Annotations on the Draft Proposal for the Animal Protection Act 2006
Experiment Ban on Primates and CITES
In accordance with the EU Assembly 86/609 EEC, Animal Friends believes that in the conception of law propositions about laws that protect animals the following decisions about animal testing should be included:
1) Article 4 and Article 7 of the EU Assembly 86/609 EEC says that every member country has to ban testing on wild animal that are found on the CITES' list of endangered animal species. We believe that this ban should be included in the law proposal considering the fact that this has not been done so far due to synchronization with the EU law.
2) Ban of use of primates for experiments (Article 23)
Explanation: Present researches on primates have shown that monkeys have the ability of solving complex problems, have complex ways of communications, and an exceptional ability of remembering past events and anticipating the future ones. They use intelligence primarily to shape and understand relations with others in their social groups, just like humans. Experiments on monkeys have shown that if they are deprived of the contact and support of their group and when they are isolated in small cages they are experiencing mental breakdowns and torture, just like humans. Monkeys are used primarily in experiments with toxins. Even though no law says that they have to be used here it is common to test new drugs and other substances on them. They are given toxic doses, most often by forced feedings, in order to discover the effect on their bodies even though their bodies react differently from human bodies. Primates are also used for neurological and other medical and psychological experiments. The scientists often infect the monkeys with contagious diseases that the monkeys would never get on their own as those are not typical for their species. The inevitable physiological differences mean that by performing experiments on monkeys we find out new facts about monkeys themselves, not humans. Therefore, it is not surprising that decades of experiments on primates in many venues have not resulted in finding the cure. Experiments on primates have no place in the modern civilized society. Even though, as far as we know, presently in Croatia such experiments on monkeys are not being performed, we believe that in the conception of the law we have to include that ban of executing experiments on primates as well as the import of primates and their young from the wild in order to perform those experiments for scientific researches.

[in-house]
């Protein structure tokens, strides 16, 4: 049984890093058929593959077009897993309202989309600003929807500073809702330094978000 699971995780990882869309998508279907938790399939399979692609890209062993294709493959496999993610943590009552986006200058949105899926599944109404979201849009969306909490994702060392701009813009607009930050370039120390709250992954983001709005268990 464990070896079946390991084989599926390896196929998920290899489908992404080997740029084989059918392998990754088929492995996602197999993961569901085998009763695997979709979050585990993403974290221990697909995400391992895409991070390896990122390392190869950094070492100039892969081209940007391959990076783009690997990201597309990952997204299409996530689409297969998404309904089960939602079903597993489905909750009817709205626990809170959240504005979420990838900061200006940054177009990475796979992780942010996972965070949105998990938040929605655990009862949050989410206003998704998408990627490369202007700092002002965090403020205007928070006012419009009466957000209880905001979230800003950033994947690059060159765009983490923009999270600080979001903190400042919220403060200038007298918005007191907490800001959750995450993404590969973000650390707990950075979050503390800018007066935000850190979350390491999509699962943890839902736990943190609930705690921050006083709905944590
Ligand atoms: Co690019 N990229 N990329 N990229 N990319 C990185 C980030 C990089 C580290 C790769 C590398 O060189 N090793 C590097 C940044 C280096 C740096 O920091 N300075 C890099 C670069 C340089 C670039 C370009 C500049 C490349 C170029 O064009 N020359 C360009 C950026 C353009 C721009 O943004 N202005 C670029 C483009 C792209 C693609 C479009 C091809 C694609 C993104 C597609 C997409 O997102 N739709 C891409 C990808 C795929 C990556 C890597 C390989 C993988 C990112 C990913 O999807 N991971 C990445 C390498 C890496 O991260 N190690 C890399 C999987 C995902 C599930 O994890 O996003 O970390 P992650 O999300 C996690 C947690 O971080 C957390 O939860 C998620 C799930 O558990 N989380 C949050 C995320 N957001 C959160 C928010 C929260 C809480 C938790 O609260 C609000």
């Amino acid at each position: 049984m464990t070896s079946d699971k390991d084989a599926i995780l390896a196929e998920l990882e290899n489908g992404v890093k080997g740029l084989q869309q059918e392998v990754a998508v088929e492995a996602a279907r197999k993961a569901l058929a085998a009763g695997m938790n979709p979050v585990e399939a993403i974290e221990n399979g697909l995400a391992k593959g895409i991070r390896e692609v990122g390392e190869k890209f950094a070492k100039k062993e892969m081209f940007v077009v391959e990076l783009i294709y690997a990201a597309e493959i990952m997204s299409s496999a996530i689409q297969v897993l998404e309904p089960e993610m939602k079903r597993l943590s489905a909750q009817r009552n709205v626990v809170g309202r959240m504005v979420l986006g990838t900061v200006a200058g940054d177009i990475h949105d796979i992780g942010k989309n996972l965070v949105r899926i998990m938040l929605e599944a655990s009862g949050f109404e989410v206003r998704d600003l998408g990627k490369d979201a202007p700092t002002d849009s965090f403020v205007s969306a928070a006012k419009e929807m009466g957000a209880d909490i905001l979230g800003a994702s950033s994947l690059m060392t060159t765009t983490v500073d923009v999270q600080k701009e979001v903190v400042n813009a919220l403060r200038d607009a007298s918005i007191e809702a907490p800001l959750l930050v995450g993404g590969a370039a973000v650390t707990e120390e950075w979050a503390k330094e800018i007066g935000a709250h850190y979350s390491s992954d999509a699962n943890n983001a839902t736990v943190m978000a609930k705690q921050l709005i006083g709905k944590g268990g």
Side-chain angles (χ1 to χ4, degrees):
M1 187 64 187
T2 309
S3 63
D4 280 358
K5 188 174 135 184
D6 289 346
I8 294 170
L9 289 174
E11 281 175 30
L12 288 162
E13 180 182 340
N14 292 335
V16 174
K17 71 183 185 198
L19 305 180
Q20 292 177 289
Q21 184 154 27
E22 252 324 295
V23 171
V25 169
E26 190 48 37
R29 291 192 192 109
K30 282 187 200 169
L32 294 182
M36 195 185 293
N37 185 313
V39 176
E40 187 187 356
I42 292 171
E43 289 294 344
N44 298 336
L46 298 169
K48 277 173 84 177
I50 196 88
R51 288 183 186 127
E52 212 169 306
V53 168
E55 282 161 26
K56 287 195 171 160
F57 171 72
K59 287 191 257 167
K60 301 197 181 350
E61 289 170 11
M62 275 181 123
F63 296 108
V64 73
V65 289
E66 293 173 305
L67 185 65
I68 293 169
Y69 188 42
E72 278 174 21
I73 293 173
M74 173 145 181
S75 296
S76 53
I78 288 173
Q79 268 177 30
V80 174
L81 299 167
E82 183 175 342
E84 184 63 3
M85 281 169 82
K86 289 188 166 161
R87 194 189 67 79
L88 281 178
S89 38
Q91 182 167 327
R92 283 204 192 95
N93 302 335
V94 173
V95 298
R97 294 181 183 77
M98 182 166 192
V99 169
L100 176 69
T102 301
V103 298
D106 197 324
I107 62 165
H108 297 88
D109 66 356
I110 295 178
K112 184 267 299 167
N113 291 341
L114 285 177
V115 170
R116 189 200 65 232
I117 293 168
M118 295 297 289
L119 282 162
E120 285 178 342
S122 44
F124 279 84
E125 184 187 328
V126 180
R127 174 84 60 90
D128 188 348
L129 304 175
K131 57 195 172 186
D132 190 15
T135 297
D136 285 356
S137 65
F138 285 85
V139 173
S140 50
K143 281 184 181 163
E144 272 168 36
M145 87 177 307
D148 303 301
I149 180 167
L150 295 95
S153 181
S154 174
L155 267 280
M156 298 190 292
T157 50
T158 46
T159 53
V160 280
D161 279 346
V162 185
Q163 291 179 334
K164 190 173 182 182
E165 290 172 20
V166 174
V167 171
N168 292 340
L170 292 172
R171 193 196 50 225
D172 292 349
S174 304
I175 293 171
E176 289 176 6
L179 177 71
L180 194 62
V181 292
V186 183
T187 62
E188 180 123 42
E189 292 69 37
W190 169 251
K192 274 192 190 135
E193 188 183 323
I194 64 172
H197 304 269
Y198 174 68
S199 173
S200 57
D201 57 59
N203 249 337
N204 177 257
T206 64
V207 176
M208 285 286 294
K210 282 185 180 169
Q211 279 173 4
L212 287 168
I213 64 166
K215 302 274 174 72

Ban of dog racing
Total ban of dog racing (not only on hard surfaces)
Dogs that are being used for racing are treated as "racing machines." They are being "produced" in the amounts that require getting rid of the dogs who are a surplus, hurt, old, too slow, or not profitable. Thousands of dogs are being killed every year in order to keep the dog racing industry alive. Some dogs are killed in the name of selective breeding even before they step on the race track. Dogs that are selected to race are usually kept in cages and wear muzzles from when they are 14 to 17 months old. Many get infections with inside and outside parasites from wearing muzzles. Even though many types of dogs like greyhounds are very sensitive to temperature changes due to a lack of fatty tissue in their bodies and thin fur, they are forced to race in extreme conditions (temperatures from below zero to very high heat). A very small number of dogs manages to survive to their retirement age of 4 to 5 years. Wounds and diseases, broken legs, heat strokes, and heart attacks take a lot of lives. Others are victims of the "racing machinery." The best dogs run the fastest and are more prone to injuries. Others die while being transported from one racing place to another. The dog racing industry practices dog transports of up to 60 dogs per truck with two or three dogs per cage. In summer the back part of the truck reaches high temperatures that are lethal for the dogs who cannot sweat to cool their bodies. Most dogs that become slow and therefore non-profitable are immediately killed or sold to research laboratories.
In the United States, where the problem of dog racing is the most outstanding, dog racing on all surfaces are forbidden by law in 34 states.